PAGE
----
First, it accomplishes not putting *that* decision on one person on whether to share or not; as I said earlier, we probably all know people that would have taken the $400,000 account and ran (and not split it with the siblings);
Second, if that person DOES decide to share it, it accomplishes that person NOT having to file gift tax returns – not only is it somewhat annoying on that person, but they also are wise to use an Accountant to do so, which means an unnecessary expense to them;
Third, again if that person DOES decide to share it, it accomplishes that person not having to “eat” into their own personal gift lifetime exemption. Why should they have to eat into theirs due to poor planning on your part?!
And finally, if we do it the “right” way (which is what we’re going to talk about next), you’ll preserve your tax basis and your kids (so long as it remains the current tax law) will get a “step up” in basis meaning they won’t get hit with capital gains taxes. (Side note: We’ve talked about capital gains/step up in basis in past episodes – most recently in Episode 45 – Medicaid Myths, if you want to take a listen!)
Back to the options/methods – the first method (the one that is cheaper-up-front/costly on the back-end) is do leave this account in your name only and have a Last Will and Testament prepared. So long as the account remains in your name and at your passing, that account will be governed by your Will. Wills are cheaper to prepare than second method (which we’ll get to), but Wills have to be probated and taken through the Probate Court process – The probate process can get costly, which we’ve talked about a number of times on Legal Tea. The second method is to create a Living Trust (i.e. Revocable Living Trust or Asset Protection Trust) and state that anything in the Trust, at your passing, gets split how-you-want. While Trusts are more expensive to create than Wills, Trusts avoid probate so long as your assets are held in the name of the Trust. That means no (or very minimal fees) after you pass.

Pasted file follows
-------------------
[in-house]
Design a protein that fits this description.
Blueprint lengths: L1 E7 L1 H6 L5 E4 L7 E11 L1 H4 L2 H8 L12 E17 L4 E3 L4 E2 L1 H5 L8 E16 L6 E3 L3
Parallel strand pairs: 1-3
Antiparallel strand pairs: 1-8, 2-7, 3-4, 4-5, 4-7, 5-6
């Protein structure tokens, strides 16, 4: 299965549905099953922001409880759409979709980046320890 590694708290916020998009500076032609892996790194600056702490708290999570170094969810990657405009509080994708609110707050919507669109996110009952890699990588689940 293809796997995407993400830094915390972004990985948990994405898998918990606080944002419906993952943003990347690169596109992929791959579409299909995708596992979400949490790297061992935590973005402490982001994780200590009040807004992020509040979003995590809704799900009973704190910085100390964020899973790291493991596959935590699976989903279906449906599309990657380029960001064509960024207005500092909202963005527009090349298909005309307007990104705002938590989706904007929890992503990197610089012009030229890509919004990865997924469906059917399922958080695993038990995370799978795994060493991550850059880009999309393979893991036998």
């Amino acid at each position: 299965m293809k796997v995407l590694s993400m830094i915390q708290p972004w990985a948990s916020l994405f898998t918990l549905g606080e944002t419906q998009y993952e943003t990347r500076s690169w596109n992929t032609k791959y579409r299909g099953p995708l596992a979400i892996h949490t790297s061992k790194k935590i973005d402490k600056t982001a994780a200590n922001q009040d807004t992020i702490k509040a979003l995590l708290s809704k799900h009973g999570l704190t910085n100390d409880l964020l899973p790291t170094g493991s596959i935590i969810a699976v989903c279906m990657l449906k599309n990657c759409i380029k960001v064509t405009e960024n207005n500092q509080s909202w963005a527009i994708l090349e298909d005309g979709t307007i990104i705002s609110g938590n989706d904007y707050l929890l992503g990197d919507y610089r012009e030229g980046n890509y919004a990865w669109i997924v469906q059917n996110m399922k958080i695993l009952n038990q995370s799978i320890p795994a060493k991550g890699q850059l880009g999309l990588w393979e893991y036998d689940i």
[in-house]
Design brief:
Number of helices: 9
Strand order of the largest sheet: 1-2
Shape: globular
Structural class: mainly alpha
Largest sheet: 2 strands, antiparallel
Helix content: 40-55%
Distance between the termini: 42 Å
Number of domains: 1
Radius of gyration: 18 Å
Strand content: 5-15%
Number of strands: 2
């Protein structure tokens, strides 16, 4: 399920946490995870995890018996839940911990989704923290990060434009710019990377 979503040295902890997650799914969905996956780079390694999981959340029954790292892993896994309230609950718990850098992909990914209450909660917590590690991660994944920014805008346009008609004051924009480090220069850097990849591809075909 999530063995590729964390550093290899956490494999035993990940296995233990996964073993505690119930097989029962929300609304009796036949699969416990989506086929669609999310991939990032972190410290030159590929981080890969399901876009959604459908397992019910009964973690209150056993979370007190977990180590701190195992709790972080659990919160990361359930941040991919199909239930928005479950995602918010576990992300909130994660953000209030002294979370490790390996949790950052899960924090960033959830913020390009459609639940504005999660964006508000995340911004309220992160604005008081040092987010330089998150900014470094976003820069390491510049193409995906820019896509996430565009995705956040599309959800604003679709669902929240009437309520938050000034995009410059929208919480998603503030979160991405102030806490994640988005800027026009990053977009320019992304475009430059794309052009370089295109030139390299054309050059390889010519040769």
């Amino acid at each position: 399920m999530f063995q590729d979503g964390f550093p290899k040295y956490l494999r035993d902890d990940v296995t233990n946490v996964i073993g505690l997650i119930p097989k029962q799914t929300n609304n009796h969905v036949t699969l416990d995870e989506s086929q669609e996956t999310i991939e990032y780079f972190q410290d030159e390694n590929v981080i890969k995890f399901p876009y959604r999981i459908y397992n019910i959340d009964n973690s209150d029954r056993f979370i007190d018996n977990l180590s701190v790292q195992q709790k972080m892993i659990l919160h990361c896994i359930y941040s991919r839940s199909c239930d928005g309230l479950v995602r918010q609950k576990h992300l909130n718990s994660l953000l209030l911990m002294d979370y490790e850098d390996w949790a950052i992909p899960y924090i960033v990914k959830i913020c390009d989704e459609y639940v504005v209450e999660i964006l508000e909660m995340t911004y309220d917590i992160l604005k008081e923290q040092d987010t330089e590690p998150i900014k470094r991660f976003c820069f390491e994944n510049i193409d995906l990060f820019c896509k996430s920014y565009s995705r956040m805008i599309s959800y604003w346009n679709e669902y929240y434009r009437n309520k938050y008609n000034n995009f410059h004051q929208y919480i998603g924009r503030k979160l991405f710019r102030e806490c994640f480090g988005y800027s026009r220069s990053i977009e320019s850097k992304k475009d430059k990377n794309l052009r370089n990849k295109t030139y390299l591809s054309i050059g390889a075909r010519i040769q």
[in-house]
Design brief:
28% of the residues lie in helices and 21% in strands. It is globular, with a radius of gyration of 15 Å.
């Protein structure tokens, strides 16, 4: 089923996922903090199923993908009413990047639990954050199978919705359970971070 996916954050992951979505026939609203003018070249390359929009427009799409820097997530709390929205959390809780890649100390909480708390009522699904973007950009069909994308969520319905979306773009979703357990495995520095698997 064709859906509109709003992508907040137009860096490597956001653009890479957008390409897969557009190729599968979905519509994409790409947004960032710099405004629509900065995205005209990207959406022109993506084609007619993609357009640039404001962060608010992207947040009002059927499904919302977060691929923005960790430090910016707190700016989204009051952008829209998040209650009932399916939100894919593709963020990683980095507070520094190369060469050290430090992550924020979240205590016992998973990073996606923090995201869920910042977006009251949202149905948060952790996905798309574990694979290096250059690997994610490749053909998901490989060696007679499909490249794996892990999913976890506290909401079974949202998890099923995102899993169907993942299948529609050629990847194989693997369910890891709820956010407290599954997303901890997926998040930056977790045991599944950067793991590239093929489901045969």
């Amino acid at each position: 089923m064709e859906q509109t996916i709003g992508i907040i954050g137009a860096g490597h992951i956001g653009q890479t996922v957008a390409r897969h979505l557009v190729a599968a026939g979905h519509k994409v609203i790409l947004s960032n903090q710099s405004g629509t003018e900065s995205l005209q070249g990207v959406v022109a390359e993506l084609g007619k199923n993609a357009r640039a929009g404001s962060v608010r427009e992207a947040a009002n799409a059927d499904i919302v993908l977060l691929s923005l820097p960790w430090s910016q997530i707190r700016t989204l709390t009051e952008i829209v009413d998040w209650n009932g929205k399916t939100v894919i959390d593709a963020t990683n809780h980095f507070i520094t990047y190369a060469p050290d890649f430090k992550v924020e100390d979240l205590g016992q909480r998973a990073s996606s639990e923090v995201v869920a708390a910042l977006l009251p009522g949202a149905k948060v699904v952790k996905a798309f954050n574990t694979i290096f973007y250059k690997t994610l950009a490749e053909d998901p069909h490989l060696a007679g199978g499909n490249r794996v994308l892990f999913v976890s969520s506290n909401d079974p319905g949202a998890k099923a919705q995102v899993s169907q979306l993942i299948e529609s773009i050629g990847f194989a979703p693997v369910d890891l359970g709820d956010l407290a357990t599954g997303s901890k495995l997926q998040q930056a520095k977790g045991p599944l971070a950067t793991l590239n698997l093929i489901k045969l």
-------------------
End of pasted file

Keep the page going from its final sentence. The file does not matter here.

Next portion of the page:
PS – Before we wrap up this episode, there are other ways to pass assets to beneficiaries (i.e. through beneficiary designations), but there are logistical challenges that those pose, but we don’t really have enough time to dive into that today. Check out Episode 36, if you have time.
Alrighty … let’s wrap up this episode. Next week, we are back to the current events/current trends topic -- something I’ve seen or run across that I think would be interesting on here. During that episode, we’re going to be talking about assisted reproduction and how my little estate/elder law world sometimes gets involves (maybe unintentionally!), so we’ll be diving into that next time, Legal Tea Listeners. Until then, be well and talk soon!